Ypsi cops to wear body cameras; Chris Rock interview raises a couple of interesting points to share here

This is kind of a tangent post (as I really try to keep this site pretty squarely about EMU most of the time), but given some of the conversation/campus events lately, I thought I’d go ahead and point these things out.

First, it turns out that “Ypsilanti police will be wearing body cameras by March.” This story is from mLive, but I’ve heard about it on NPR too. I believe Ypsi is the first place in Michigan where this is happening. No one should kid themselves into thinking that this is going to “solve” the problem of police shootings like what happened in Ferguson, but a) if Darren Wilson had been wearing a body camera, I think we would have had at least some additional evidence about what happened when Michael Brown was killed, and b) when cops have had to wear body cameras (notably in California), incidents of police brutality/shootings went down like 80% (though I don’t have that citation on that one right in front of me or anything).

Second, there’s a great interview of Chris Rock making the rounds now that is totally worth reading even if you are only sorta/kinda a fan. One loyal EMUTalk.org reader suggested I share it because of what he had to say about college campuses:

What do you make of the attempt to bar Bill Maher from speaking at Berkeley for his riff on Muslims?

Well, I love Bill, but I stopped playing colleges, and the reason is because they’re way too conservative.

In their political views?

Not in their political views—not like they’re voting Republican—but in their social views and their willingness not to offend anybody. Kids raised on a culture of “We’re not going to keep score in the game because we don’t want anybody to lose.” Or just ignoring race to a fault. You can’t say “the black kid over there.” No, it’s “the guy with the red shoes.” You can’t even be offensive on your way to being inoffensive.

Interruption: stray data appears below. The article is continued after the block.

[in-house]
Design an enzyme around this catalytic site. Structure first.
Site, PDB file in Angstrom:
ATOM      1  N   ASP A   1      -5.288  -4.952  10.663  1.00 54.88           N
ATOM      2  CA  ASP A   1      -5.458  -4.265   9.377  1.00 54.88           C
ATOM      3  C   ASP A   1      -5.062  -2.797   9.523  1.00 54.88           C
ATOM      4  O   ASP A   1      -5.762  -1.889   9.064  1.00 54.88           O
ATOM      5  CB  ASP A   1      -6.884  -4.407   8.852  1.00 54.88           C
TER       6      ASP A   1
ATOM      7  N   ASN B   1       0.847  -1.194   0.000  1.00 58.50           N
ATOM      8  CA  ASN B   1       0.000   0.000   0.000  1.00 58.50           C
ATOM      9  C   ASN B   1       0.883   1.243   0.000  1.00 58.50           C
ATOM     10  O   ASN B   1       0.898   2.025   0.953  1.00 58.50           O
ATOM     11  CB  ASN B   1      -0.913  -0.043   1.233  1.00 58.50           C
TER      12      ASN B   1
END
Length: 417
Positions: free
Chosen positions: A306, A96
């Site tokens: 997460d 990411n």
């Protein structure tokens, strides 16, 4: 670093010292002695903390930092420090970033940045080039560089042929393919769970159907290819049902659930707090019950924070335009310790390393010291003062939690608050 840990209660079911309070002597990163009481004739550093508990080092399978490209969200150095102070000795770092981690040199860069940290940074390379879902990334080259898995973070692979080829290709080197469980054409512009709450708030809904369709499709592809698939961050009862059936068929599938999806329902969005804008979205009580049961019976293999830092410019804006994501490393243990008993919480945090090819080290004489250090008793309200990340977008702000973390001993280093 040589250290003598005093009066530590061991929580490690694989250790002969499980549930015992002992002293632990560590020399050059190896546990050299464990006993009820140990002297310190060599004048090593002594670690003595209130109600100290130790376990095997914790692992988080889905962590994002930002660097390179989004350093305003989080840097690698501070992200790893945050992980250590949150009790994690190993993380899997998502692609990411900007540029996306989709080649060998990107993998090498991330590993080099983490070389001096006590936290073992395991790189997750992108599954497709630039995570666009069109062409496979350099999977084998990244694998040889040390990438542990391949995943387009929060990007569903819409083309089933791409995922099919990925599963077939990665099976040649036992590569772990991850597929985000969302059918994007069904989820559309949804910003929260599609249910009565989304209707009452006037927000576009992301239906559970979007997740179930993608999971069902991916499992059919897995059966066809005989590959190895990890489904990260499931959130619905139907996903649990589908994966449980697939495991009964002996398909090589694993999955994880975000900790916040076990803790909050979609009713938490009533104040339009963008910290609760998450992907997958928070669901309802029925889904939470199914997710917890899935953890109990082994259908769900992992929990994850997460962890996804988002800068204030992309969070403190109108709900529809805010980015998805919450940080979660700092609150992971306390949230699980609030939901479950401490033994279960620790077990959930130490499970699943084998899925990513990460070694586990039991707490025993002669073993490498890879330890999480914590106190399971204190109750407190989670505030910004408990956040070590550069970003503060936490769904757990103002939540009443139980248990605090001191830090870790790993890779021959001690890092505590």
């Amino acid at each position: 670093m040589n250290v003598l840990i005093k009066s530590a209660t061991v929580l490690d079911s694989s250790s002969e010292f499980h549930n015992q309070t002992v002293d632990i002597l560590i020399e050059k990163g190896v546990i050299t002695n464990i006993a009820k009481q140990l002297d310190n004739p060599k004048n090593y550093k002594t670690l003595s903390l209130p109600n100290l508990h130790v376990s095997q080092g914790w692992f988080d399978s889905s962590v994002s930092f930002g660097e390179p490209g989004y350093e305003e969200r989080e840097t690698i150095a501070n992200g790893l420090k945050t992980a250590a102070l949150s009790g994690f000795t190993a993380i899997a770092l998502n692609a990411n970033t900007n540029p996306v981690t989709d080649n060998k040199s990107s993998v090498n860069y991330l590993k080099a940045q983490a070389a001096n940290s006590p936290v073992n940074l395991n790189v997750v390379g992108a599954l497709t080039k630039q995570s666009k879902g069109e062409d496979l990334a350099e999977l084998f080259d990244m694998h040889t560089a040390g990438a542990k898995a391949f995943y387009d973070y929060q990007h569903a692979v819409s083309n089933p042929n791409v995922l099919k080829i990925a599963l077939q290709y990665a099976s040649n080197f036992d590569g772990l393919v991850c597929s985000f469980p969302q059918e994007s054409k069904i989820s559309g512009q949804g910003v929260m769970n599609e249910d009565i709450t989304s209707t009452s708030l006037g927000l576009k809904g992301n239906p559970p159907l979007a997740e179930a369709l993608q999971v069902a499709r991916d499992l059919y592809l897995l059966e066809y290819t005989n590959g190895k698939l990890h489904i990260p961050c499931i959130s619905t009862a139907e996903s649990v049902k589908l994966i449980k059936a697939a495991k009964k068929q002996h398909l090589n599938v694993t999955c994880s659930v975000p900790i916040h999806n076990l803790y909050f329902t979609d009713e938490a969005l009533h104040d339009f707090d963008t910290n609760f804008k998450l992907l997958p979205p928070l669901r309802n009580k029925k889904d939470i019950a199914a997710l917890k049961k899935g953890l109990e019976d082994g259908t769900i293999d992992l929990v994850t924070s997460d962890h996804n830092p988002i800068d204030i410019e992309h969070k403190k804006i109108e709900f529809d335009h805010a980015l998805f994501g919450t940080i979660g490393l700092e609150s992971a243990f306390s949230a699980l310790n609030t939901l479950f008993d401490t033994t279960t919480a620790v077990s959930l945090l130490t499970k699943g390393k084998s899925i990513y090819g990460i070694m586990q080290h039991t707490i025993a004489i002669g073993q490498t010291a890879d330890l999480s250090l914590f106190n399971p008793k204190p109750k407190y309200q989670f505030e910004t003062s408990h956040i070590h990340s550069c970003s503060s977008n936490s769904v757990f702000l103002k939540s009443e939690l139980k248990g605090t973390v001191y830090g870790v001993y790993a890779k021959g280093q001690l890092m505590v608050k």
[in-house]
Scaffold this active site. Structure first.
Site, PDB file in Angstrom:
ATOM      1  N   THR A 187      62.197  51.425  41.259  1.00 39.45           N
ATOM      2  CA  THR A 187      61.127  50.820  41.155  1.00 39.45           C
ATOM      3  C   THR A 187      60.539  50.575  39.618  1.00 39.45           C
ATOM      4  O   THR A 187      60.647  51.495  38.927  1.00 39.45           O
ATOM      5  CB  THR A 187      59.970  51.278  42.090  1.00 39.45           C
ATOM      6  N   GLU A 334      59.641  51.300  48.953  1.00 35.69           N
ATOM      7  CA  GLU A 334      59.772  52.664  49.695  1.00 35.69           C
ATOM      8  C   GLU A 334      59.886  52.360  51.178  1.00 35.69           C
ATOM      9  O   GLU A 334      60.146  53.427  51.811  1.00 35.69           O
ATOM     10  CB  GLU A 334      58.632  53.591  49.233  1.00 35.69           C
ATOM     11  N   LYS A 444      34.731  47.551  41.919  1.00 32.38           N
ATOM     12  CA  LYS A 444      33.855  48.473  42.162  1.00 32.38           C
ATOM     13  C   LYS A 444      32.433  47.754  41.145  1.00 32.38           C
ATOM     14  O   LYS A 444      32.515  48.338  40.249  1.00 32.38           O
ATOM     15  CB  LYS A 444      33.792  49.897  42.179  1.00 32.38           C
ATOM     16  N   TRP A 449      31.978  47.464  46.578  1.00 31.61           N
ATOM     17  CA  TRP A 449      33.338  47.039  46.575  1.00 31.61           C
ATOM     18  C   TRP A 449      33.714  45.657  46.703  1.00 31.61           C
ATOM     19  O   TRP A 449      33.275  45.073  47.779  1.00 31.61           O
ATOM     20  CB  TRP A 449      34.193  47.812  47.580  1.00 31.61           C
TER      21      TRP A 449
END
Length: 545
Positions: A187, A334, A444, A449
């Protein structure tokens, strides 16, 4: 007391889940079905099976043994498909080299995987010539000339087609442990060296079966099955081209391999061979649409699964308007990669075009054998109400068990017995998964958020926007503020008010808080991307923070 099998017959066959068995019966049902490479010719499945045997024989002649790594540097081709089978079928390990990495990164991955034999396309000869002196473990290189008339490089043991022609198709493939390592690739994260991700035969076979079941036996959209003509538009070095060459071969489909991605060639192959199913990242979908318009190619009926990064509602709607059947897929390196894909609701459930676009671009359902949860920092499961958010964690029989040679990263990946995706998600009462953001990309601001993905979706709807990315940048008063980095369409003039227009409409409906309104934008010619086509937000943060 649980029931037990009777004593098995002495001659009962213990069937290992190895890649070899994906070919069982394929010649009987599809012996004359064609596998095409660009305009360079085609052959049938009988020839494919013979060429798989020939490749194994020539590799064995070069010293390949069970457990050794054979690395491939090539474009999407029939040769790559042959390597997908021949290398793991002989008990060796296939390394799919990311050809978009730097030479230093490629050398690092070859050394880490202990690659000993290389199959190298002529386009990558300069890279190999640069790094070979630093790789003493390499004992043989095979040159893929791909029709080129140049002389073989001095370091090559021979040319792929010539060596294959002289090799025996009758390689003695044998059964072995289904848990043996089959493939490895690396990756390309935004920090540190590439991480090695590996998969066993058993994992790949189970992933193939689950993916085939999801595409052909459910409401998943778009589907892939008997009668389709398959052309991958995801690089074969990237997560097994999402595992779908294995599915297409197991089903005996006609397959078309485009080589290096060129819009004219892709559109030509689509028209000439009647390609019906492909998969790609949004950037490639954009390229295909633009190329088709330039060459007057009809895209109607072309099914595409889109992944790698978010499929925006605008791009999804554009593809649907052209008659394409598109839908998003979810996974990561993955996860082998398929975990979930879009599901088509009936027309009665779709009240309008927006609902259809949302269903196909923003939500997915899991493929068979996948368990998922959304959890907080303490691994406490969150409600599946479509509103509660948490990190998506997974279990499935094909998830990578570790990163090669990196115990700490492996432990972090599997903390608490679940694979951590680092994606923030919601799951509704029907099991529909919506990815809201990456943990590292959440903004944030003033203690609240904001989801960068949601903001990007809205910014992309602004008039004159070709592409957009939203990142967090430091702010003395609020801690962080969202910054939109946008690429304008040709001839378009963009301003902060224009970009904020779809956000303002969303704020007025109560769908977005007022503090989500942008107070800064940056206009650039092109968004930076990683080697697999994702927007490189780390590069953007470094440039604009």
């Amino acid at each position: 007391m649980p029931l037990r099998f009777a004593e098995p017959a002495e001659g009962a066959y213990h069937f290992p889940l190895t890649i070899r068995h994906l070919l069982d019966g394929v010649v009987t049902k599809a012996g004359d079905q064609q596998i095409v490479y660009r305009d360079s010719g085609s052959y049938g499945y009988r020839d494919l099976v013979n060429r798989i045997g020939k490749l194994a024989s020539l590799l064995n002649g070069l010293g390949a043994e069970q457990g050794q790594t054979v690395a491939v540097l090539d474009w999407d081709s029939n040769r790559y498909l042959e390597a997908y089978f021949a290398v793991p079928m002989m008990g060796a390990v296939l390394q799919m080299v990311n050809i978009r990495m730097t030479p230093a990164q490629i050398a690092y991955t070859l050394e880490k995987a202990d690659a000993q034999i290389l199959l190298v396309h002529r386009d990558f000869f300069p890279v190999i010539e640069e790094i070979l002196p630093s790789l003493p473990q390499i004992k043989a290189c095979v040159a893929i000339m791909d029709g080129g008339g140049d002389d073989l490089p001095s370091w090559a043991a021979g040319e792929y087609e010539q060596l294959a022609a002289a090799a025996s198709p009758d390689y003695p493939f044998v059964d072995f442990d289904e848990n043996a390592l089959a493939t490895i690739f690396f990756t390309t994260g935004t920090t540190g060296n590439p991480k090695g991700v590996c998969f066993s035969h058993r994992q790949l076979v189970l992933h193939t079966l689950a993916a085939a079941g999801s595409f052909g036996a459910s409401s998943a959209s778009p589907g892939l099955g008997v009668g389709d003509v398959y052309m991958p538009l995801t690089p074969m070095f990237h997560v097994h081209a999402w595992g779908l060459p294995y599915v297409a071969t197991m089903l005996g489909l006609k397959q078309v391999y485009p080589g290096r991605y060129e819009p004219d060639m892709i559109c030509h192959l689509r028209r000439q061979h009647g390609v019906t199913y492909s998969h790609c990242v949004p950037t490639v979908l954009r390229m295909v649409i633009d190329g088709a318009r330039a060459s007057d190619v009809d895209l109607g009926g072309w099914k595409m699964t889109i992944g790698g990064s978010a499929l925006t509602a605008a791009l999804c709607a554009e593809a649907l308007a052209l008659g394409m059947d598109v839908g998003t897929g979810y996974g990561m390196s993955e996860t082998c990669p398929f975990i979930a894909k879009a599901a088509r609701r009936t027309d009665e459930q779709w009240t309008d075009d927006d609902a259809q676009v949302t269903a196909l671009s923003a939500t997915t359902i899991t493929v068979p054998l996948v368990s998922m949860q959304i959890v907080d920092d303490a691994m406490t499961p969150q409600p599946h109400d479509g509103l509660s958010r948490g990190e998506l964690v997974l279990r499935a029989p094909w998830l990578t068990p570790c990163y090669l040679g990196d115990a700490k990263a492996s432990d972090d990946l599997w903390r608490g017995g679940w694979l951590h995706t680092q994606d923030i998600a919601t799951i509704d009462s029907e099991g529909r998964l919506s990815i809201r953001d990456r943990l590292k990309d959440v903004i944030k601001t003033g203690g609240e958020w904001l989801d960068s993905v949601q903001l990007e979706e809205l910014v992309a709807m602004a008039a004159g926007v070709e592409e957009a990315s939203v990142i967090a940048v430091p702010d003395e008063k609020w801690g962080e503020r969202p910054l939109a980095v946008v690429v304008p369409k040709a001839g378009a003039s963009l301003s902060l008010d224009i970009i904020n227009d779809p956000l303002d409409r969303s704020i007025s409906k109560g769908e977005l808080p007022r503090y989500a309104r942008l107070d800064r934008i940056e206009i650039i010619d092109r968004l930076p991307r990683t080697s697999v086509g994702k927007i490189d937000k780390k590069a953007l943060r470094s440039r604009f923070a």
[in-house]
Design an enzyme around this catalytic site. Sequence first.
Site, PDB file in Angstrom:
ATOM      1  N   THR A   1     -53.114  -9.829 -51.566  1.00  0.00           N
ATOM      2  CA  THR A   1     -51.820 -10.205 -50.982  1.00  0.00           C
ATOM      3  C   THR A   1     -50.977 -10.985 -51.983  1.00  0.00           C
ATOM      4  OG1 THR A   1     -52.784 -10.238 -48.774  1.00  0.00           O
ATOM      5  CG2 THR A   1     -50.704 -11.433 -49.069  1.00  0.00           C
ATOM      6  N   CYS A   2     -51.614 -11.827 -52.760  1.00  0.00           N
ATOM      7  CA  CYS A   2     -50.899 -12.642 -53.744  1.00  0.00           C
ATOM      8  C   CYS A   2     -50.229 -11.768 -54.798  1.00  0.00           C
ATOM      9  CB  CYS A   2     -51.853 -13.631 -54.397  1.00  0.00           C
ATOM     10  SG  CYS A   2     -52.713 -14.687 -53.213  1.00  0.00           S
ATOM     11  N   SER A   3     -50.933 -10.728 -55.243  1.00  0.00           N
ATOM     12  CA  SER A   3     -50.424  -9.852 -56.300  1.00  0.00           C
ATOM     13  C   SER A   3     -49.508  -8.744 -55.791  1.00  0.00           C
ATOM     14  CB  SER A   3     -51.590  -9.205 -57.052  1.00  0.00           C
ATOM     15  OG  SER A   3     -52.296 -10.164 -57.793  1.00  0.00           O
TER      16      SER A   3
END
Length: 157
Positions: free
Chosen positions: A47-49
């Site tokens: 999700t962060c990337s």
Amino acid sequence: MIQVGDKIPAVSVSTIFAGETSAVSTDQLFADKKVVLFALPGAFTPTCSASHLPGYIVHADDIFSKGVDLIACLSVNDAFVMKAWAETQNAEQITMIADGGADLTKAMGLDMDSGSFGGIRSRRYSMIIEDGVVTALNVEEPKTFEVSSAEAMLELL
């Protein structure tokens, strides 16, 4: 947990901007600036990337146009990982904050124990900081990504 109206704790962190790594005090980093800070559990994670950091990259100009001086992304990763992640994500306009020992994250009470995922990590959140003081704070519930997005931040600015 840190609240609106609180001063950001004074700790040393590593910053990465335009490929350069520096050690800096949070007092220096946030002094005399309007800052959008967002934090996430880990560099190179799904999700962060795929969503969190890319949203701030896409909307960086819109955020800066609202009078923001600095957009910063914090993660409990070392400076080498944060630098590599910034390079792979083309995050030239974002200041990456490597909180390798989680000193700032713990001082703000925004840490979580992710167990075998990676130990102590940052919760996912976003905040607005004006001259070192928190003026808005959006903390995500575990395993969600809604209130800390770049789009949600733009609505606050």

When did you start to notice this?

About eight years ago. Probably a couple of tours ago. It was just like, This is not as much fun as it used to be. I remember talking to George Carlin before he died and him saying the exact same thing.

I think he kind of has a point, though I personally think Maher’s “riff on Muslims” was pretty ignorant.

Then there’s also a longer (too long for me to just cut and paste) and interesting take on the mess in Ferguson. Among other things, Chris Rock says if he was reporting on it, he’s interview white people because “We know how black people feel about Ferguson.” Smart stuff.

5 thoughts on “Ypsi cops to wear body cameras; Chris Rock interview raises a couple of interesting points to share here

  1. NPR had an interesting guest on to talk about police body cameras yesterday. He noted that the typical model sort of overwrites like a black box until the officer affirmatively pushes a button to start recording. Which makes me wonder- are officers who fail to record an incident where the citizen alleges mistreatment presumptively guilty? I’d imagine that the cameras would be meaningless if not. The guest also mentioned that in one jurisdiction, *reports* of police mistreatment were down over 80% after body cameras were instituted, which the guest chalked up to keeping citizens honest, too. I’m inclined to agree, though I may be biased by once having worked in processing nonsense grievances written against a government agency by people in a misguided effort to get their way.


  2. I think cameras will help limit lawless thug cops from intimidation and brutality —- ignorant stuff that has been going on for far too long. It could also protect the cops in more ways too – which is a good thing for everyone.

    But in situations like Ferguson, would it have helped? I mean, in a grappling contest when its person-on-person, my guess is that you would not see much. It would be shaky and muffled and smothered … Maybe there would be some audio. Maybe you could see the end when they separated but for those that think this is a cure-all, I doubt it.

    I know there is a case in Calif — the officer never activated his camera and ended up killing someone …

    And, as someone else wrote, even if there is clear video that does not mean justice is served (or not served.)


    • Clearly, it’s not a complete solution as we’re seeing with the lack of inditement in the Garner killing. But I think John Stewart got it right when he said with the Ferguson situation, because there was no video evidence and and conflicting eye-witness testimony, you could at least say that the circumstances of what exactly happened were debatable. With Garner, not so much, which is what makes that situation (IMO) all the more troubling. And it’s also why this case is more likely to be taken up in Federal court, too.


Comments are closed.